New Math

By MacFarquhar, Larissa | The New Yorker, March 15, 2010 | Go to article overview

New Math


MacFarquhar, Larissa, The New Yorker


Fourteen-year-olds frequently accuse their parents of moral dereliction; parents do not frequently respond by selling their house and donating half the proceeds to villagers in Ghana. But such was the response of Kevin and Joan Salwen, of Atlanta, to their daughter, Hannah. Kevin and Hannah went on to write a book, "The Power of Half," in which they encourage other families to do something similar. And recently they carried this incendiary message to the teen-agers of Marymount, a private Catholic girls' school on Fifth Avenue, across from the Met.

The Salwens stood in the school chapel. They wore jeans; the Marymount girls wore kilts. They told their story. One day in 2006, Kevin and Hannah pulled up at a stoplight. To their left was a homeless man, to their right a guy in a Mercedes coupe. Hannah said, "Dad, if that man didn't have such a nice car, then that homeless man could have a meal." Kevin said, "Yes, but if we didn't have such a nice car that man could have a meal." This sank in rather more deeply than he'd intended. By dinnertime, Hannah was all worked up. She didn't want to be a family that just talked about doing good, she said. She wanted to be a family that actually did something. Kevin and Joan explained that they did a lot: they volunteered at the food bank; they wrote big checks to charities; after Hurricane Katrina, they let a family of refugees stay in their basement. Hannah rolled her eyes. That was annoying, so Joan said, "What do you want to do, sell the house?" And Hannah said, "Yeah! That is exactly what I want to do."

"We don't expect anyone else to sell their house," Hannah assured the Marymount girls, whose parents might not have appreciated a demand by their offspring to donate eight hundred thousand dollars (half the value of the Salwens' house) to charity. "We know that's a ridiculous thing to do. But everyone has something they can afford to give away. If you watch six hours of TV a week, maybe you cut that down to three hours and spend three with your family volunteering at a homeless shelter."

A girl with a ponytail raised her hand. "Have you ever regretted selling your house?" she asked.

"There are some things that I miss," Hannah said. "We had an elevator that led up to my room, and it was really cool, because nobody else had an elevator in their room. …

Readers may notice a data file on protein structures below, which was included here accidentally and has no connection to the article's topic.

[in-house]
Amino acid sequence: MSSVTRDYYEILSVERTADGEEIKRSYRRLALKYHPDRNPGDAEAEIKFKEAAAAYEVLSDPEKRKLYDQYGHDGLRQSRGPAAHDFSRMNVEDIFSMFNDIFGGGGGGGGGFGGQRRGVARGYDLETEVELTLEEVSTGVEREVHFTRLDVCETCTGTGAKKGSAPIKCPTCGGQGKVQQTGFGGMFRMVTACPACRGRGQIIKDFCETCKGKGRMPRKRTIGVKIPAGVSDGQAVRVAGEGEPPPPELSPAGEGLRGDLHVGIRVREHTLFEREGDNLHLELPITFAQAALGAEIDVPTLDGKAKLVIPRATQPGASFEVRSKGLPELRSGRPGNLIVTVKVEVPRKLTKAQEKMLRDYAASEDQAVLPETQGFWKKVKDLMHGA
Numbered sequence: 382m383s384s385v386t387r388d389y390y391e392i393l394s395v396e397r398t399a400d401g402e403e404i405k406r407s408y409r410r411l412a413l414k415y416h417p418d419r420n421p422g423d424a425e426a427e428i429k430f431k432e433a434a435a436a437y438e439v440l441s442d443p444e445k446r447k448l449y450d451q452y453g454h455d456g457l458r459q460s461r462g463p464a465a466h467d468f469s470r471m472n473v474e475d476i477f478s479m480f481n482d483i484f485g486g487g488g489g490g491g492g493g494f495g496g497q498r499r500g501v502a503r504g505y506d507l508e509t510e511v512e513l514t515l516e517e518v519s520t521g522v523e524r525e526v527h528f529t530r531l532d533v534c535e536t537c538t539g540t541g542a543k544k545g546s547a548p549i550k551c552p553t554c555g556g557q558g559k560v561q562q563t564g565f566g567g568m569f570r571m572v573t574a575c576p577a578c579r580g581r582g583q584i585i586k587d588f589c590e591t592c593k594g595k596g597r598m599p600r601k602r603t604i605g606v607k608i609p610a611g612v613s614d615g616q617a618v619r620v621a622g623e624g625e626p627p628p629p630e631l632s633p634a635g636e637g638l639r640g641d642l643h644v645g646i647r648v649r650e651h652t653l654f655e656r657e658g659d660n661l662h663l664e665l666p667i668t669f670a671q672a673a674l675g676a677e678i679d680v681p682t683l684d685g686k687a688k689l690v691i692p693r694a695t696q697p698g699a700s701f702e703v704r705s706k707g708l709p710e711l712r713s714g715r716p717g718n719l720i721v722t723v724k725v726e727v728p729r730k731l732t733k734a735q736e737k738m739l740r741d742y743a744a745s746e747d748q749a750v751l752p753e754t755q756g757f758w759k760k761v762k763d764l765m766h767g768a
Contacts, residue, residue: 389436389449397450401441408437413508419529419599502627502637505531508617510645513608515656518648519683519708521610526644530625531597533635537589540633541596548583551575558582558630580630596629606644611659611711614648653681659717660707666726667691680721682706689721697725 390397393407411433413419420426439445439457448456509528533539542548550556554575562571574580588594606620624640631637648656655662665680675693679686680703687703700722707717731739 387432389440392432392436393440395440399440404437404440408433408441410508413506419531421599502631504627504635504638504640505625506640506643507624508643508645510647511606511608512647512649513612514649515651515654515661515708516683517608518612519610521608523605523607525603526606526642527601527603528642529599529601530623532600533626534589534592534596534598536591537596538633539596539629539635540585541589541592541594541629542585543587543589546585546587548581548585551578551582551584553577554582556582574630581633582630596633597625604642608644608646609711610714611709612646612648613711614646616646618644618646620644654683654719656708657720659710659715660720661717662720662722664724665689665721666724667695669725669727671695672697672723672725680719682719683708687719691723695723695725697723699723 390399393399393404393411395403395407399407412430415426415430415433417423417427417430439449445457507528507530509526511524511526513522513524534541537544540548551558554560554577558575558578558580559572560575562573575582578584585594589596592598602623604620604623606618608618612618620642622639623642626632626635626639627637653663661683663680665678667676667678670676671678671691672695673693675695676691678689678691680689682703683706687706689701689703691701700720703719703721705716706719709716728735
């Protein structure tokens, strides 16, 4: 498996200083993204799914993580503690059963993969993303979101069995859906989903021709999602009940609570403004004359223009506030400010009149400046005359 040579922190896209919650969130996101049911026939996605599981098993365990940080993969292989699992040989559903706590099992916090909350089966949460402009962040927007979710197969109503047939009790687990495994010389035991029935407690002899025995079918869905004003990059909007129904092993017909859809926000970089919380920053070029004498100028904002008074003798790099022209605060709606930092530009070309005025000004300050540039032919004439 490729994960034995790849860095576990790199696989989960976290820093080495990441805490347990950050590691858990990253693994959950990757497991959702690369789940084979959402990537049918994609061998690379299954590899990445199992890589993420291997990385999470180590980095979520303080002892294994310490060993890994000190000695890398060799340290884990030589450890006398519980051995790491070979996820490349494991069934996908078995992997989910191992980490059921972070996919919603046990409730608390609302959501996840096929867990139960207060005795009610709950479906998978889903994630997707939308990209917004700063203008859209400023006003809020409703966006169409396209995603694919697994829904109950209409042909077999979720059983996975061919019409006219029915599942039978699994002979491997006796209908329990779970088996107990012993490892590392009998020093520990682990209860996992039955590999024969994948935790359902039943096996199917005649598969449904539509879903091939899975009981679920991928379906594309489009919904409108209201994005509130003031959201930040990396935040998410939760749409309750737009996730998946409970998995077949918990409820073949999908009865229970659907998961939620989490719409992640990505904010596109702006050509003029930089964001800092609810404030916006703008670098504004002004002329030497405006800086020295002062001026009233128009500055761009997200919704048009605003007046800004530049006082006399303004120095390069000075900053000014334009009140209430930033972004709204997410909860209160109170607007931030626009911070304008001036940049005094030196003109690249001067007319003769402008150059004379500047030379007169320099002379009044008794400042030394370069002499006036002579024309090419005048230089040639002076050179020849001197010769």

The rest of this article is only available to active members of Questia

Already a member? Log in now.

Notes for this article

Add a new note
If you are trying to select text to create highlights or citations, remember that you must now click or tap on the first word, and then click or tap on the last word.
One moment ...
Default project is now your active project.
Project items
Notes
Cite this article

Cited article

Style
Citations are available only to our active members.
Buy instant access to cite pages or passages in MLA 8, MLA 7, APA and Chicago citation styles.

(Einhorn, 1992, p. 25)

(Einhorn 25)

(Einhorn 25)

1. Lois J. Einhorn, Abraham Lincoln, the Orator: Penetrating the Lincoln Legend (Westport, CT: Greenwood Press, 1992), 25, http://www.questia.com/read/27419298.

Note: primary sources have slightly different requirements for citation. Please see these guidelines for more information.

Cited article

New Math
Settings

Settings

Typeface
Text size Smaller Larger Reset View mode
Search within

Search within this article

Look up

Look up a word

  • Dictionary
  • Thesaurus
Please submit a word or phrase above.
Print this page

Print this page

Why can't I print more than one page at a time?

Help
Full screen
Items saved from this article
  • Highlights & Notes
  • Citations
Some of your highlights are legacy items.

Highlights saved before July 30, 2012 will not be displayed on their respective source pages.

You can easily re-create the highlights by opening the book page or article, selecting the text, and clicking “Highlight.”

matching results for page

    Questia reader help

    How to highlight and cite specific passages

    1. Click or tap the first word you want to select.
    2. Click or tap the last word you want to select, and you’ll see everything in between get selected.
    3. You’ll then get a menu of options like creating a highlight or a citation from that passage of text.

    OK, got it!

    Cited passage

    Style
    Citations are available only to our active members.
    Buy instant access to cite pages or passages in MLA 8, MLA 7, APA and Chicago citation styles.

    "Portraying himself as an honest, ordinary person helped Lincoln identify with his audiences." (Einhorn, 1992, p. 25).

    "Portraying himself as an honest, ordinary person helped Lincoln identify with his audiences." (Einhorn 25)

    "Portraying himself as an honest, ordinary person helped Lincoln identify with his audiences." (Einhorn 25)

    "Portraying himself as an honest, ordinary person helped Lincoln identify with his audiences."1

    1. Lois J. Einhorn, Abraham Lincoln, the Orator: Penetrating the Lincoln Legend (Westport, CT: Greenwood Press, 1992), 25, http://www.questia.com/read/27419298.

    Cited passage

    Thanks for trying Questia!

    Please continue trying out our research tools, but please note, full functionality is available only to our active members.

    Your work will be lost once you leave this Web page.

    Buy instant access to save your work.

    Already a member? Log in now.

    Search by... Author
    Show... All Results Primary Sources Peer-reviewed

    Oops!

    An unknown error has occurred. Please click the button below to reload the page. If the problem persists, please try again in a little while.